Believing the Victim


Sexual abuse is nothing to take lightly, as a single non-consensual interaction with

another person has the ability to leave trauma in a victim for decades. The perpetrators of sexual

abuse, or more easily defined rapists, are people that prey on others, and seek only to fulfill their

own pleasures without taking into consideration the well being of others. In no way should their

actions ever be excused or even seen as remotely justifiable, as they literally hold the capability

to destroy the psyche of the person they’ve harassed. The victim, rather, the survivor, should

never be blamed for asking for it or being told they deserved what happened to them. They

should never be belittled for what happened to them, and judged in any negative way relating to

the disgusting abuse they faced.


These seem like the morally obvious answers to an issue such as sexual abuse, but why

are the responses to claims of sexual abuse so varied? So often do I hear, in cases of sexual

assault, that the person was not only asking for it, but that they enjoyed it. Some even go so far

as to deny the sexual abuse happening entirely, arguing that the rapist is the victim in the

situation. Shifts of blame such as that one are so harmful not only because they completely

devalue the pain a sexual abuse survivor has felt but also because they give rapists positive

platforms. People should never be given the ability to sympathize with a rapist, and when a rapist is given a positive platform as someone who was lied about or as someone who was “in a really dark place,” it directly attacks the pain of the survivor. As previously stated, it literally devalues the pain of survivors and turns them into the antagonist for simply speaking out about the pain that’s been inflicted on them.


It’s also important to know that rapists aren’t just creeps who wear trench coats and lure

people into back alleys. They can be that charismatic guy at the bar who likes to slip pills in

drinks, that girl that sees nothing wrong with making love with someone fast asleep, and that

person who waits until someone is far too intoxicated to consent. A rapist can be someone you

least expect, someone you thought you knew, and someone you thought you could trust. It’s

important to realize these things about rapists because we should always believe the victim.


It’s not rare to see claims of sexual abuse in the media, and, especially with the current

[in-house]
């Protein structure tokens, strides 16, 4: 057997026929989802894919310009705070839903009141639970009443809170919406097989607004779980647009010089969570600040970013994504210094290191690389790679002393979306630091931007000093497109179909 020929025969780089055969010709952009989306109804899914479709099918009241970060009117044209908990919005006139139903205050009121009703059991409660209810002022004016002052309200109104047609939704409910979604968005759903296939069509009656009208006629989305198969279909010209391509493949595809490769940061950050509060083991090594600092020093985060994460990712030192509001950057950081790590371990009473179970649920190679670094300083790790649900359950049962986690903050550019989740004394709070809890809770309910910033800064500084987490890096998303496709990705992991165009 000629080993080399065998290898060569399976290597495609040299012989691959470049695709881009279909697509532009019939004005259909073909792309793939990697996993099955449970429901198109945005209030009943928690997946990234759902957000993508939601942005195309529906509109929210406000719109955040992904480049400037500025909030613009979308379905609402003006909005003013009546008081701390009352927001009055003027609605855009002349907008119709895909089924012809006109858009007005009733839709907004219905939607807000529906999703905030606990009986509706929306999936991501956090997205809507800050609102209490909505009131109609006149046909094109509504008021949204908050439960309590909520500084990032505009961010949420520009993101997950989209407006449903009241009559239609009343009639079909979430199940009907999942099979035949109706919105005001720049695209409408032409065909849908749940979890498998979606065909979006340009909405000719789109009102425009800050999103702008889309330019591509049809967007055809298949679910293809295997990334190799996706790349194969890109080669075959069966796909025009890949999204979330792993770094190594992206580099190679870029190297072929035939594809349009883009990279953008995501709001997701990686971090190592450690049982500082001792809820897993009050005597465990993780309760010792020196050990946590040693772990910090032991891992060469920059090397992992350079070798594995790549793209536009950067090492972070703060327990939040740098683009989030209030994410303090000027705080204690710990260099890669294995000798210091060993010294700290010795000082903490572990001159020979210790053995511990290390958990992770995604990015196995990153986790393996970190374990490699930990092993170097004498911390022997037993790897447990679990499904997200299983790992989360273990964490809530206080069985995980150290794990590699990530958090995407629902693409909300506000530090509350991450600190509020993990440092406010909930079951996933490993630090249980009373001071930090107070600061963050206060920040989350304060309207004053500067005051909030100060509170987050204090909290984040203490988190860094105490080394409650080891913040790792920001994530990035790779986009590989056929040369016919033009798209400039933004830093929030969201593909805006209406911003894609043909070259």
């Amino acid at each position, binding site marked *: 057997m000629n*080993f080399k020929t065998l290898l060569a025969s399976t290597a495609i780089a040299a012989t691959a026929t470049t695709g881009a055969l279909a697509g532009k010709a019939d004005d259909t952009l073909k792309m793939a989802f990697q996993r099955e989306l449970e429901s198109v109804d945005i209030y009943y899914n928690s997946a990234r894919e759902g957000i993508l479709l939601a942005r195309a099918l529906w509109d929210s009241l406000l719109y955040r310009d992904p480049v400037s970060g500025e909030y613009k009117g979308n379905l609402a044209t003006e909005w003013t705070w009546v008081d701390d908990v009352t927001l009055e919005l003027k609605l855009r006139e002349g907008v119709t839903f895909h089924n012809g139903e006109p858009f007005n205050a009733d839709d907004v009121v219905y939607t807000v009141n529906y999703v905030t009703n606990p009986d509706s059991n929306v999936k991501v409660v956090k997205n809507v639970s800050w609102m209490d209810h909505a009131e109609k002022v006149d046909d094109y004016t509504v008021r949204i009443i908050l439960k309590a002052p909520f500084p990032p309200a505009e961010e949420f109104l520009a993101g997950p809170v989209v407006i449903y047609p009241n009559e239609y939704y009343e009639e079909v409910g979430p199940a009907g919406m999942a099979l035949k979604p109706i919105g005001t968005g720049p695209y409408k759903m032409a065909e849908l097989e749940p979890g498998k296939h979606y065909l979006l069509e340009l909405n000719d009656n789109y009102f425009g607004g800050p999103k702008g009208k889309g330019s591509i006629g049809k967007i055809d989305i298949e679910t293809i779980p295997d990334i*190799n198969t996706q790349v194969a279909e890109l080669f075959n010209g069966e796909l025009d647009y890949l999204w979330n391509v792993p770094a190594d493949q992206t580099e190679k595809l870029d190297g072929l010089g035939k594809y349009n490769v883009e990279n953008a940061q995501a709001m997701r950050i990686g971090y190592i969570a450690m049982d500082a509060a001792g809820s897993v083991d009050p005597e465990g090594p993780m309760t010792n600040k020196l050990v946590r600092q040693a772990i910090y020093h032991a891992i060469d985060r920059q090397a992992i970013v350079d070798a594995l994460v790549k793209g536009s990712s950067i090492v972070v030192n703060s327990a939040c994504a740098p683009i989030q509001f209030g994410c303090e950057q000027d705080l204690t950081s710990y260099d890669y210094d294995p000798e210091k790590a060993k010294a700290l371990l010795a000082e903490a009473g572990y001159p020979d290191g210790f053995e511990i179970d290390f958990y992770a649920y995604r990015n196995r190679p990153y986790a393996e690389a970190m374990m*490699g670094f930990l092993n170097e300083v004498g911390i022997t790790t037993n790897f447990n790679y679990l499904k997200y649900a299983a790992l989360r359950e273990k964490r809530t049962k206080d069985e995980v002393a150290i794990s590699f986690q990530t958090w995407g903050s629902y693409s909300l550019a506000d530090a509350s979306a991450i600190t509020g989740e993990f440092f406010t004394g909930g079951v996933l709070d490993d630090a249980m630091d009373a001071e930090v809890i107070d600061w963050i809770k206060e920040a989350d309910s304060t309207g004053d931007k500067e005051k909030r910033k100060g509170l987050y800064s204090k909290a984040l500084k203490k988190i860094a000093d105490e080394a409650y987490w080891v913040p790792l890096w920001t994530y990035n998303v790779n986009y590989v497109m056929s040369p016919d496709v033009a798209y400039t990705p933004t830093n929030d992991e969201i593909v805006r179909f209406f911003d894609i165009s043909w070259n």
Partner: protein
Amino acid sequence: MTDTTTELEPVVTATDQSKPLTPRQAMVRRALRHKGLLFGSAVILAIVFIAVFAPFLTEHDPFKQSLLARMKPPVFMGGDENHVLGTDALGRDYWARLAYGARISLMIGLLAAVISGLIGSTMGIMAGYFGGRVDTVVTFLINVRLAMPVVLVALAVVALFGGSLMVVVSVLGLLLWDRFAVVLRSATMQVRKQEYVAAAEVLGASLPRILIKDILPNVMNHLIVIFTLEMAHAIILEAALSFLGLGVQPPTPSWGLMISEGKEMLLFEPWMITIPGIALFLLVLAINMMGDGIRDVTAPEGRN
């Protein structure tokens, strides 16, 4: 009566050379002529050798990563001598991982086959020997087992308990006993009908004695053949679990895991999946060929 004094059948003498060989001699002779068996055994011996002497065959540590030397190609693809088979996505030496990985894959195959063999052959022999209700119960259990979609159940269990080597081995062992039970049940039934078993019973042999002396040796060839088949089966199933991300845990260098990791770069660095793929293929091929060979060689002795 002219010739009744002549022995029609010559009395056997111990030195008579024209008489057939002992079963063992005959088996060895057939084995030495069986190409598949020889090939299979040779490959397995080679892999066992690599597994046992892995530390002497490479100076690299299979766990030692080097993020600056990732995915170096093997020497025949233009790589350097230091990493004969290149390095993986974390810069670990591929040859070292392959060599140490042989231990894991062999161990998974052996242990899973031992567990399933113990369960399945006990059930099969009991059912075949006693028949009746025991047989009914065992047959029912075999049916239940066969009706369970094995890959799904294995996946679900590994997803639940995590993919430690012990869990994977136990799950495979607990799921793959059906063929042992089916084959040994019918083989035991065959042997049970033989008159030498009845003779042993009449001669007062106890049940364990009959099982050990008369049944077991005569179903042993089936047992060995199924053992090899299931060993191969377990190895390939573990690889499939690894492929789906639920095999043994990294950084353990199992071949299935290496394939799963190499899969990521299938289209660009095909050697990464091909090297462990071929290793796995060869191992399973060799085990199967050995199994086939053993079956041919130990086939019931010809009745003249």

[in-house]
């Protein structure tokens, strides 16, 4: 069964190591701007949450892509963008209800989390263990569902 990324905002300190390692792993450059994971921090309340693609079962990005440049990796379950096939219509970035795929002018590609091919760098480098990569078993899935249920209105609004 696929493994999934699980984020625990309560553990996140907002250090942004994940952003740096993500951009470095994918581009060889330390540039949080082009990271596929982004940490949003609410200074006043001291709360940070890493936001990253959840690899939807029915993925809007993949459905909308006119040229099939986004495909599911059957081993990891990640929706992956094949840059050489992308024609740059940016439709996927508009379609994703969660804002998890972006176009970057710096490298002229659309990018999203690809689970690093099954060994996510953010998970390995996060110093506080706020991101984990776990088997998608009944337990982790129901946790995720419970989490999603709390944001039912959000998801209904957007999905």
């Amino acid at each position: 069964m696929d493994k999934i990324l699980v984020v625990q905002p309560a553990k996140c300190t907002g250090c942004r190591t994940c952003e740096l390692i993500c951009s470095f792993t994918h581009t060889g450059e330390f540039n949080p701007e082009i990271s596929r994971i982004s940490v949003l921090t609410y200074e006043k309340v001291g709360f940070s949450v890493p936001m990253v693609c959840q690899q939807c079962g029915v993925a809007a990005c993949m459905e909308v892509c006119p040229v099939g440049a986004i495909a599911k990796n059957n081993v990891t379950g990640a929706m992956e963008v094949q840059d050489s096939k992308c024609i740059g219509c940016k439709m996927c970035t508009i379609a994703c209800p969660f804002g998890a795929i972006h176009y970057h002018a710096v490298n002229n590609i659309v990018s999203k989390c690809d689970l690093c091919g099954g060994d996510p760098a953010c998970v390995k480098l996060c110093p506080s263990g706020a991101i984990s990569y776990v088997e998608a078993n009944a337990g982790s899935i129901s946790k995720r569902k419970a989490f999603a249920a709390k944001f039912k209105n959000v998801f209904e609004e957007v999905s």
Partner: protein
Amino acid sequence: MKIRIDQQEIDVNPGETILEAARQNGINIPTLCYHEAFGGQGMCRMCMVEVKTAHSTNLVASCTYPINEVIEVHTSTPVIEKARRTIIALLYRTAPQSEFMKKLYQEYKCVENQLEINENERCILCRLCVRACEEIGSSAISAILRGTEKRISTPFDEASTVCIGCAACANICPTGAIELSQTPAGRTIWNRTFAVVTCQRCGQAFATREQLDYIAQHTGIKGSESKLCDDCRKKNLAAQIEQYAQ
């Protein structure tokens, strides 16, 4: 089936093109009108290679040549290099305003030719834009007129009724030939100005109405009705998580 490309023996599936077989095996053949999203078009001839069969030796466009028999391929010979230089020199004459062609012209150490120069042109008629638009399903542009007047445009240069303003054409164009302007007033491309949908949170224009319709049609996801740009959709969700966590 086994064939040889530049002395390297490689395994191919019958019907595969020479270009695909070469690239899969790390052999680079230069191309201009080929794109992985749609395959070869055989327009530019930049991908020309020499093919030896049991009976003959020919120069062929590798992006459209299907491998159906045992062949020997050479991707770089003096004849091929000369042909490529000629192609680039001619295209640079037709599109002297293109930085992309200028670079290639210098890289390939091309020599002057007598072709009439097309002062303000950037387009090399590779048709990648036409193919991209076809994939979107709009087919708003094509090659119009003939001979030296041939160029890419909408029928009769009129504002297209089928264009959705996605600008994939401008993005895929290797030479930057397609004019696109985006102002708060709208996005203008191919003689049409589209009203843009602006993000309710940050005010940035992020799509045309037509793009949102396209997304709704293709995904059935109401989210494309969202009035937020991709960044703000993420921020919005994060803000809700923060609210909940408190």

US government, it’s become worryingly common. When people hear about serial rapists or

people they’ve never known to be rapists, they react nonchalantly, oftentimes stating that the

rapists should go behind bars where they belong. However, when the rapist comes home, or

when the rapist is revealed to be a well-known name, some people become defensive. They

belittle the survivor and do everything in their power to prove a rapist’s innocence, and those

people are complacent. A person that sides with a rapist is complacent, and ignorant. Even if

claims are just claims, we should choose to believe the victim. Would you rather accidently

support a liar, or a rapist? It takes so much strength for someone to tell their story, whether they

reveal their identity or not. The amount of backlash that they receive, especially if they were

abused by someone well known, is unfairly intense. Reaching out a supportive and

understanding hand is one of the most helpful things we can do, other than fighting for justice.


A rapist is a rapist, and I, personally, refuse to see them as anything but. They might have

their own personality, their own unique strand of DNA that makes them them, but once they take

advantage of someone sexually in order to fuel their own sick desire, they become nothing more

than a rapist to me. I have no desire to hear their side, I don’t care for any excuses, and I only

hope for their future to be behind bars. I hope that, while I could only briefly mention it, you

choose to believe the survivor, no matter how well you thought you knew their rapist. I hope that

you choose not to sympathize with the rapist, no matter what they pander to you. I hope that you

become an empowering voice, and not a complacent or demeaning one.


Written by:

Layla Nahavandi

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